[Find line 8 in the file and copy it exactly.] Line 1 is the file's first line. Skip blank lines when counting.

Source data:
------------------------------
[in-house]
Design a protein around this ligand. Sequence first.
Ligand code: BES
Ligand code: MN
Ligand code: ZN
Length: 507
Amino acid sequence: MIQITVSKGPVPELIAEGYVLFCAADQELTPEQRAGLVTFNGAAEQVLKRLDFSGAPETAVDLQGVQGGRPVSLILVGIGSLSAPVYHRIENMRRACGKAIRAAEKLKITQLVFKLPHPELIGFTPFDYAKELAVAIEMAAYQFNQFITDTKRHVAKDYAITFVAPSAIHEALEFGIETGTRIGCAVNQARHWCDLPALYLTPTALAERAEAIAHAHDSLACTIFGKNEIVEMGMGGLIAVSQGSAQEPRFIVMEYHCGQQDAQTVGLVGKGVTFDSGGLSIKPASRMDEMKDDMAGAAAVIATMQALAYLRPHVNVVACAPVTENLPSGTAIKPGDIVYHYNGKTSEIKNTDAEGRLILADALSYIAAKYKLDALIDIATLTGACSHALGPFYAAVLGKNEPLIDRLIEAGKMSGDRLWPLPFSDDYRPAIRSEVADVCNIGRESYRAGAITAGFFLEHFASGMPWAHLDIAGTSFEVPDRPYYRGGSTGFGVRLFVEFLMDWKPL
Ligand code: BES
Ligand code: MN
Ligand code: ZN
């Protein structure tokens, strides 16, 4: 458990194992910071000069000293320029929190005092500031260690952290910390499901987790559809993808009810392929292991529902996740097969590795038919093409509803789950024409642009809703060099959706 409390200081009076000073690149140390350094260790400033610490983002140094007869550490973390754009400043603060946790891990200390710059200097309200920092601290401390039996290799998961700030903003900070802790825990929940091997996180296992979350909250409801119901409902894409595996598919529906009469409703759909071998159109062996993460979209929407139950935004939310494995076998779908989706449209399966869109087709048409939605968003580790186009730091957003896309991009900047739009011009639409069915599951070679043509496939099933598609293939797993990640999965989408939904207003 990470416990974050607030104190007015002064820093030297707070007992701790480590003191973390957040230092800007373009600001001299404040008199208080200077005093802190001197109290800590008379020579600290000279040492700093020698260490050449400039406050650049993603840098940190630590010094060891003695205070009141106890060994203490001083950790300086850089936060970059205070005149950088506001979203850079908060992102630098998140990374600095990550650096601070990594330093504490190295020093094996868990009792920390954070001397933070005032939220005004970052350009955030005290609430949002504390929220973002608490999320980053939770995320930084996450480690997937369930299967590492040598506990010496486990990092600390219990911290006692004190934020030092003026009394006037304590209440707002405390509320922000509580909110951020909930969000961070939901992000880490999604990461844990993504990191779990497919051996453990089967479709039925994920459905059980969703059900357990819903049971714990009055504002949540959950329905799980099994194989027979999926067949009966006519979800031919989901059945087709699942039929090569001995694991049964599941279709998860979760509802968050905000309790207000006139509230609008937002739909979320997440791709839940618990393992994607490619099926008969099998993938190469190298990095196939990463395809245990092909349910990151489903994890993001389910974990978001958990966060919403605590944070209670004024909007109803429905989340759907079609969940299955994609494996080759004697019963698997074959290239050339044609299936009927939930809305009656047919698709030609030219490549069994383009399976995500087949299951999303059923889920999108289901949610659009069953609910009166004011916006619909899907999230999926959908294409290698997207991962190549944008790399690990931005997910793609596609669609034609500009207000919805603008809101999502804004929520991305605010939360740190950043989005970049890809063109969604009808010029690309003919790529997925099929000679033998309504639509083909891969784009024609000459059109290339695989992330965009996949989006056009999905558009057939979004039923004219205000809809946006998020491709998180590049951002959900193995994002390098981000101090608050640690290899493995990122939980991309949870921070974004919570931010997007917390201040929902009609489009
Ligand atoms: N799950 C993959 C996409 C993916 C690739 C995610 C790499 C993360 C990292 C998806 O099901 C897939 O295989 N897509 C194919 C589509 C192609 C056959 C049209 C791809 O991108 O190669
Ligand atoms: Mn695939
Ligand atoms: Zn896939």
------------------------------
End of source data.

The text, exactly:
Ligand code: BES